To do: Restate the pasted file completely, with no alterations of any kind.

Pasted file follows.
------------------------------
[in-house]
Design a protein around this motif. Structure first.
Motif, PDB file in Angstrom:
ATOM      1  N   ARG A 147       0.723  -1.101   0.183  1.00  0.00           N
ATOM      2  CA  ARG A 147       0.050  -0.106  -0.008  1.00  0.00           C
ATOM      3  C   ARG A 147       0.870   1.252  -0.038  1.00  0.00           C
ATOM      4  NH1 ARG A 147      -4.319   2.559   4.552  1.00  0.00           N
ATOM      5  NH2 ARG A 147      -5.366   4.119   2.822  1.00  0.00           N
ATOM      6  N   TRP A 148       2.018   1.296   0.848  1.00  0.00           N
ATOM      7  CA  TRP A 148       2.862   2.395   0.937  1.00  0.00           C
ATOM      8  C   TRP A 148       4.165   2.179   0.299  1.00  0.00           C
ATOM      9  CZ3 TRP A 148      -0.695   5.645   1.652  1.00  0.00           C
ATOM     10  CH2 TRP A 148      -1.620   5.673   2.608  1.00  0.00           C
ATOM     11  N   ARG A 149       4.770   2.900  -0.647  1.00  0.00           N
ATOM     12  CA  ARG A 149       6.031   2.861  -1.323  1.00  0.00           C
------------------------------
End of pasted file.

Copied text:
[in-house]
Design a protein around this motif. Structure first.
Motif, PDB file in Angstrom:
ATOM      1  N   ARG A 147       0.723  -1.101   0.183  1.00  0.00           N
ATOM      2  CA  ARG A 147       0.050  -0.106  -0.008  1.00  0.00           C
ATOM      3  C   ARG A 147       0.870   1.252  -0.038  1.00  0.00           C
ATOM      4  NH1 ARG A 147      -4.319   2.559   4.552  1.00  0.00           N
ATOM      5  NH2 ARG A 147      -5.366   4.119   2.822  1.00  0.00           N
ATOM      6  N   TRP A 148       2.018   1.296   0.848  1.00  0.00           N
ATOM      7  CA  TRP A 148       2.862   2.395   0.937  1.00  0.00           C
ATOM      8  C   TRP A 148       4.165   2.179   0.299  1.00  0.00           C
ATOM      9  CZ3 TRP A 148      -0.695   5.645   1.652  1.00  0.00           C
ATOM     10  CH2 TRP A 148      -1.620   5.673   2.608  1.00  0.00           C
ATOM     11  N   ARG A 149       4.770   2.900  -0.647  1.00  0.00           N
ATOM     12  CA  ARG A 149       6.031   2.861  -1.323  1.00  0.00           C